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Bangladeshi and Pakistani communities in Redbridge invited to take part in groundbreaking genetics study

PUBLISHED: 07:00 13 February 2017

Ilford doctor Mehul Mathukia who is part of a project to find out why people of Bangladeshi and Pakistani origin suffer high rates of diabetes and heart disease

Ilford doctor Mehul Mathukia who is part of a project to find out why people of Bangladeshi and Pakistani origin suffer high rates of diabetes and heart disease

Archant

More than 500 residents have taken part in the world’s largest community-based study designed to identify rare genes resistant to heart disease, strokes and diabetes.

The East London Genes and Health study has been analysing the genetic information of South Asian people over the past year in a ground-breaking study.

Patients at Mathukia’s Surgery in Ilford Lane, who are of Pakistani and Bangladeshi origin, took part.

Dr Mehul Mathukia, a clinical director for Redbridge Clinical Commissioning Group (CCG), said he was thrilled to take such an active role in the project.

He said: “By supporting this work we’re giving individuals the opportunity to make a difference for generations to come.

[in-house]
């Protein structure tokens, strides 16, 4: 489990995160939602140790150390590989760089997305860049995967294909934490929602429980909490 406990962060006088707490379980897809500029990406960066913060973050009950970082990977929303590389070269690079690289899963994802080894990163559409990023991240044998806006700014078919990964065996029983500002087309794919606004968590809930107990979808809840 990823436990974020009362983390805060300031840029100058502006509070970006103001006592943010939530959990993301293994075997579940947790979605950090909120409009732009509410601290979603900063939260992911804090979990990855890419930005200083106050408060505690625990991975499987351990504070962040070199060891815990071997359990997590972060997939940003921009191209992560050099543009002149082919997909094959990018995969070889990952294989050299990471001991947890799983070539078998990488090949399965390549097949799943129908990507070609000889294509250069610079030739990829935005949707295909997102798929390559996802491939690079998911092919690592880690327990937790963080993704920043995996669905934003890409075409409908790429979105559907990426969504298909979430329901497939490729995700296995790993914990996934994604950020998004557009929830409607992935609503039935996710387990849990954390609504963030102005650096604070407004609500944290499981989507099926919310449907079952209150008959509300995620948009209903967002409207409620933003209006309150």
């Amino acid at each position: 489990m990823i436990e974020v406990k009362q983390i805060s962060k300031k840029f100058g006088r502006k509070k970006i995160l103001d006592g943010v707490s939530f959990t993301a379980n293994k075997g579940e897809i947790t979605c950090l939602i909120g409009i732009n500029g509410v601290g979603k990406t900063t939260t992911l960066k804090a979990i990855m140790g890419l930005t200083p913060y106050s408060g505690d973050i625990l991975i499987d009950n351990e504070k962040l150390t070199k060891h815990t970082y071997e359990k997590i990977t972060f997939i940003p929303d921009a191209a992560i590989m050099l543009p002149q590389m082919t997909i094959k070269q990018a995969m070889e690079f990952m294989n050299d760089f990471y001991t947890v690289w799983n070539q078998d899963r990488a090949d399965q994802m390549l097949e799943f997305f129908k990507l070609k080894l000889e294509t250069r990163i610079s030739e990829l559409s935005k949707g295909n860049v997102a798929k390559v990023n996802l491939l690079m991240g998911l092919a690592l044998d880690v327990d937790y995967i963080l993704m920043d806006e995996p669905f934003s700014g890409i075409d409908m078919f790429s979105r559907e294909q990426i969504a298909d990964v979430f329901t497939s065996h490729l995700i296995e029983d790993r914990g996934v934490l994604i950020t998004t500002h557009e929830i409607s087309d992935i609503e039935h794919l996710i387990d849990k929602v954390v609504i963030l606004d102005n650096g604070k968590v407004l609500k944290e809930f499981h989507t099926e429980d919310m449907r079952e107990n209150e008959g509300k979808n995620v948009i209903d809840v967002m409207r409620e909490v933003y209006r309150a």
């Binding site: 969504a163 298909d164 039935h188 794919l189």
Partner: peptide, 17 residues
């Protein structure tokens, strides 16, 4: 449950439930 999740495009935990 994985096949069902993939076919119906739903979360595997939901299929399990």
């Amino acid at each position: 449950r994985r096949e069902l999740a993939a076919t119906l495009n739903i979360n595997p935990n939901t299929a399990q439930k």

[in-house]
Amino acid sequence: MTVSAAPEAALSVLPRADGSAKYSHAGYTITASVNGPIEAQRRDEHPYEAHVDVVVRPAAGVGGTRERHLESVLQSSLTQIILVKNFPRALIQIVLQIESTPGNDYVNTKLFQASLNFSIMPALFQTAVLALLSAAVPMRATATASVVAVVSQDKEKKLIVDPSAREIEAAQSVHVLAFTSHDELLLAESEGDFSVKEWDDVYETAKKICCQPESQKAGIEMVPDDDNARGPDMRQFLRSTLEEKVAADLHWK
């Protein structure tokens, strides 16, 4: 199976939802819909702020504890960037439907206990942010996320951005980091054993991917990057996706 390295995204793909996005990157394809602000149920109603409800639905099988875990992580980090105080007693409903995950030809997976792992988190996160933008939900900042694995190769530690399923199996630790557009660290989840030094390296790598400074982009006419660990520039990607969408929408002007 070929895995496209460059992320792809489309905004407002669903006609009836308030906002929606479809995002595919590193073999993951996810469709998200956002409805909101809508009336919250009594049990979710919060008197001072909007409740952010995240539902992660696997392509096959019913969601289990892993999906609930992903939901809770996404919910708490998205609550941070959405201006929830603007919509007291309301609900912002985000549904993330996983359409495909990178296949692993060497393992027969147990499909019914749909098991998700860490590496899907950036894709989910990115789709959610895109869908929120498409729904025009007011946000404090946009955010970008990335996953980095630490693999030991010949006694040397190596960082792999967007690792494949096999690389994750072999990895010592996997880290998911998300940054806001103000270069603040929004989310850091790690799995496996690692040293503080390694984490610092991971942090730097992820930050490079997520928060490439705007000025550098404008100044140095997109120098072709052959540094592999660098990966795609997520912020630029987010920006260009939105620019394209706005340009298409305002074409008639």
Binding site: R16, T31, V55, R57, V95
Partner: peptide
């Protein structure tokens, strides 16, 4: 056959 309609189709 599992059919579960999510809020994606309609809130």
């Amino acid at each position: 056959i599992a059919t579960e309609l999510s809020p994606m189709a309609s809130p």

“In my surgery I come across so many patients from the Bangladeshi and Pakistani communities

living with heart disease and diabetes.

“Offering my patients the opportunity to participate in this research now means that we’re likely to have access to more effective treatments for these diseases in the future.”

The adult Pakistani and Bangladeshi communities in east London suffer twice the average number of deaths from heart disease and five times the rate of type 2 diabetes.

Doctors hope this study will highlight people who are unexpectedly healthy, due to their resilient genes.

It will be used to inform future research into possible preventions, treatments and cures.

More than 20,000 people have taken part in the study so far, which is run by Barts Health NHS Trust and Queen Mary University of London.

Mohammed Miah, who has already taken part, said: “My wife and I took up the opportunity to get involved.

“We have a young family and we hope that being part of this research will provide our children, and other young people, with the chance of longer, healthier lives.”

If you would like to help the study, all people need to do is donate a saliva sample.

This will be examined for genetic information and checked against your health records.

To find out more or to take part, click here.


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